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Publication Briefs

Study Identifies Differences in Mental Health Diagnoses among OEF/OIF Soldiers Transitioning from DoD to VA Care

Ensuring continuity of care across institutions is a priority for both the Department of Defense (DoD) and VA. This study assessed the transition of healthcare from DoD to VA for service members traumatically injured in OEF/OIF, and their subsequent psychiatric care. Using DoD and VA data, investigators identified 994 OEF/OIF service members who received inpatient care at a DoD trauma treatment facility and were discharged between FY02 and FY06; 216 of these service members then transitioned into VA care. Investigators examined time to transition to VA care, mental health diagnoses, and prescription medication use. The entire study period was from FY02 through FY09, ending three years after the last year of discharge from DoD care.


  • Although none of the 994 DoD inpatients received a diagnosis of PTSD, 21% (209) had other mental health diagnoses, primarily drug abuse (12%). Of the 216 service members who transitioned to VA care, 71% (153) subsequently had at least one psychiatric diagnosis, with PTSD (52%) and depression (40%) the most common.
  • OEF/OIF service members who were discharged from DoD care in FY06 were more likely to transition into VA care (31%) than were patients discharged in earlier years.
  • Of service members who sought VA care, 38% did so within six months of DoD discharge, and 75% within one year of discharge.
  • Nearly 88% of those service members who transitioned to VA healthcare were still using VA care in the final year of the study, FY09. Treatment retention was significantly greater for those receiving psychiatric care: 98% vs. 62% for those not receiving psychiatric care.


  • This study relied on administrative data. Data on DoD and non-VA civilian healthcare services use following discharge from inpatient DoD care were not available.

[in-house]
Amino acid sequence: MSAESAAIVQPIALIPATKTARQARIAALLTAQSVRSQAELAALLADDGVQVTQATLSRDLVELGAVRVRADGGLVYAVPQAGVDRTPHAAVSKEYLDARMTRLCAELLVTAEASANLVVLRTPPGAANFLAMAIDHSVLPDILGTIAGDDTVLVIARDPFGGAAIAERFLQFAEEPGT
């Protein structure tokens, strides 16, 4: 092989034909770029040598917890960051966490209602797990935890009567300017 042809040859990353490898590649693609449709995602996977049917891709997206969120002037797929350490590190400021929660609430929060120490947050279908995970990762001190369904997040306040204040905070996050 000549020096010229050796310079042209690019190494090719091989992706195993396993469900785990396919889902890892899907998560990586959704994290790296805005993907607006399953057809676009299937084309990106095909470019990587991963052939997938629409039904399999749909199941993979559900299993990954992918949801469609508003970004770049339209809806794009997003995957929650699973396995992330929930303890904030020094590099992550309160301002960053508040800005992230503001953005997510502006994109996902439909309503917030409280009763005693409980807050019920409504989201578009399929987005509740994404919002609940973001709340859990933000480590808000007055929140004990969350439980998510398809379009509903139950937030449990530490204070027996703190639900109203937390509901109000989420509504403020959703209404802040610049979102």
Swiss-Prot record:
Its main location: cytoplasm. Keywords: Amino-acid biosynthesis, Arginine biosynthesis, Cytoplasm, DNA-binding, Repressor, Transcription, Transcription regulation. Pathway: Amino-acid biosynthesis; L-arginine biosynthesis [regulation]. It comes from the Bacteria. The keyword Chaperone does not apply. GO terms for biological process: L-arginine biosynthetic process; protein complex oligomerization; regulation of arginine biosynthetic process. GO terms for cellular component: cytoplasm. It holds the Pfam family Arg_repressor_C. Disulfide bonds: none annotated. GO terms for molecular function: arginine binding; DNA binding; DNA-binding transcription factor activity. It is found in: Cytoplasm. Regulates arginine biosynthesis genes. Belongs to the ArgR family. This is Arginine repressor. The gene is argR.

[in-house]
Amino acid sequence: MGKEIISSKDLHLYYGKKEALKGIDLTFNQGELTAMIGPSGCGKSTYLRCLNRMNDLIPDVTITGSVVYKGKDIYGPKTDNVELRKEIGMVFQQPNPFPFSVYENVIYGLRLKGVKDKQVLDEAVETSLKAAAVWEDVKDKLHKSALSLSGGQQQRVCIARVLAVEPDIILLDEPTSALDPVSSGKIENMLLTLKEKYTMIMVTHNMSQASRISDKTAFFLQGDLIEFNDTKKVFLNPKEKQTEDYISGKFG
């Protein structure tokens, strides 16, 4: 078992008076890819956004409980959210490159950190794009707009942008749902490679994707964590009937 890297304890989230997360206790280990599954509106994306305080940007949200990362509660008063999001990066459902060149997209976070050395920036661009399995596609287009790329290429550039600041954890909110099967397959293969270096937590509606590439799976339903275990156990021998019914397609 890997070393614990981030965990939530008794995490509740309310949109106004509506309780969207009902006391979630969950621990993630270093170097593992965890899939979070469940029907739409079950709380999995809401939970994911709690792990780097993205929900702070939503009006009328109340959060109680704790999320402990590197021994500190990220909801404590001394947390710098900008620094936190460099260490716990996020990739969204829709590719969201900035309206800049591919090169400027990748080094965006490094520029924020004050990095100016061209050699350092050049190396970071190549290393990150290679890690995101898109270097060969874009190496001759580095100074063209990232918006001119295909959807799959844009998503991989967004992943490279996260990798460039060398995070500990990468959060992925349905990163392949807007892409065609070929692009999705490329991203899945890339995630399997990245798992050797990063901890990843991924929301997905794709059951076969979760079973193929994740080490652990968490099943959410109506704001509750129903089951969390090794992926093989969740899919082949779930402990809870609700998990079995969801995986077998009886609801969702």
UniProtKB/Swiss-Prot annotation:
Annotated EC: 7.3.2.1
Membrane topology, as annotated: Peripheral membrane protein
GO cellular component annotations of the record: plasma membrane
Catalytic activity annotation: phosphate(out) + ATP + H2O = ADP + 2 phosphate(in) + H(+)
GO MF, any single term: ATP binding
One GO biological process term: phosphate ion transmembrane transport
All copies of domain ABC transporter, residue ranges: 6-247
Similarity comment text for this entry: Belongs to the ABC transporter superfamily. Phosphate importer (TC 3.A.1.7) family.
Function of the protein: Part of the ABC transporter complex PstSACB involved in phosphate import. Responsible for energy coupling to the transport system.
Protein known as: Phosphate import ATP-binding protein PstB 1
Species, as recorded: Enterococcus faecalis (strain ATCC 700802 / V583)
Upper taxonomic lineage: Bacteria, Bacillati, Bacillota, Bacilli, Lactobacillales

• Results were derived from one DoD hospital that included a burn unit, and may not apply to others.
  • There was a lack of input from service members as to why they sought mental health treatment or failed to seek VA services.


  • Although physical trauma led to DoD hospitalization, high rates of psychiatric disorders identified in subsequent VA care suggest that evaluation of psychiatric problems is important throughout all phases of care.

This study was funded by HSR&D (SHP-08-0140). Drs. Copeland and Zeber are part of HSR&D’s Veterans Evidence-based Research, Dissemination, and Implementation Center in San Antonio, TX.

PubMed Logo Copeland L, Zeber J, Bingham M, et al. Transition from Military to VHA Care: Psychiatric Health Services for Iraq/Afghanistan Combat-Wounded. Journal of Affective Disorders November 2, 2010;e-pub ahead of print.

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HSR requires notification by HSR-funded investigators about all articles accepted for publication. These journal articles are reviewed by HSR and publication briefs or summaries are written for a select number of articles that are then forwarded to VHA Central Office leadership to keep them informed about important findings or information. Articles to be summarized are selected by HSR based on timeliness of the findings, interest of leadership, or potential impact on the organization. Publication briefs are written for only a small number of HSR published articles. Visit the HSR citations database for a complete listing of HSR articles and presentations.

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